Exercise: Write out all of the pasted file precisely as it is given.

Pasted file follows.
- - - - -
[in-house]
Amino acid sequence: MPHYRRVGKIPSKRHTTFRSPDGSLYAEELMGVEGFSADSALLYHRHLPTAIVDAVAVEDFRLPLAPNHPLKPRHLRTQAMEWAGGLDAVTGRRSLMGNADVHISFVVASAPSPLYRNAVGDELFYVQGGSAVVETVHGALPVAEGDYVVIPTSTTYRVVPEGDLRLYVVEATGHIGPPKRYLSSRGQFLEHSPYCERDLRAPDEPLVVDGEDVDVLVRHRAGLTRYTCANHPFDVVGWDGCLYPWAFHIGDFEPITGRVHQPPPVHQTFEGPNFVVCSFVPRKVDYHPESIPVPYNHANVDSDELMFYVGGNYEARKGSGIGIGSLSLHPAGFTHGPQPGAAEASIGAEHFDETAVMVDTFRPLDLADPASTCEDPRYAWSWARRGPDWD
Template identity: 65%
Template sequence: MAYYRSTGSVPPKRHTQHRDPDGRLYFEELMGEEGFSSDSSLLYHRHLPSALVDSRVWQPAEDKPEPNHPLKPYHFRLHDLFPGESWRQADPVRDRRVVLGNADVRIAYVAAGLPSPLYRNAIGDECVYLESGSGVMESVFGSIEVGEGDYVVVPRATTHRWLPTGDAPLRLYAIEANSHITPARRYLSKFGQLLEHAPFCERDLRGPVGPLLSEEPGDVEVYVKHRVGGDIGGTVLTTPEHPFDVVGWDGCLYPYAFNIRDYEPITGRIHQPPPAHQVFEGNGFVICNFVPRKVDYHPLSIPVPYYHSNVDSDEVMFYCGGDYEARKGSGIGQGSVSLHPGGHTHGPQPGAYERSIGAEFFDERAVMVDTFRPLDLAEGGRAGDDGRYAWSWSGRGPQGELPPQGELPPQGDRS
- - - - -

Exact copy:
[in-house]
Amino acid sequence: MPHYRRVGKIPSKRHTTFRSPDGSLYAEELMGVEGFSADSALLYHRHLPTAIVDAVAVEDFRLPLAPNHPLKPRHLRTQAMEWAGGLDAVTGRRSLMGNADVHISFVVASAPSPLYRNAVGDELFYVQGGSAVVETVHGALPVAEGDYVVIPTSTTYRVVPEGDLRLYVVEATGHIGPPKRYLSSRGQFLEHSPYCERDLRAPDEPLVVDGEDVDVLVRHRAGLTRYTCANHPFDVVGWDGCLYPWAFHIGDFEPITGRVHQPPPVHQTFEGPNFVVCSFVPRKVDYHPESIPVPYNHANVDSDELMFYVGGNYEARKGSGIGIGSLSLHPAGFTHGPQPGAAEASIGAEHFDETAVMVDTFRPLDLADPASTCEDPRYAWSWARRGPDWD
Template identity: 65%
Template sequence: MAYYRSTGSVPPKRHTQHRDPDGRLYFEELMGEEGFSSDSSLLYHRHLPSALVDSRVWQPAEDKPEPNHPLKPYHFRLHDLFPGESWRQADPVRDRRVVLGNADVRIAYVAAGLPSPLYRNAIGDECVYLESGSGVMESVFGSIEVGEGDYVVVPRATTHRWLPTGDAPLRLYAIEANSHITPARRYLSKFGQLLEHAPFCERDLRGPVGPLLSEEPGDVEVYVKHRVGGDIGGTVLTTPEHPFDVVGWDGCLYPYAFNIRDYEPITGRIHQPPPAHQVFEGNGFVICNFVPRKVDYHPLSIPVPYYHSNVDSDEVMFYCGGDYEARKGSGIGQGSVSLHPGGHTHGPQPGAYERSIGAEFFDERAVMVDTFRPLDLAEGGRAGDDGRYAWSWSGRGPQGELPPQGELPPQGDRS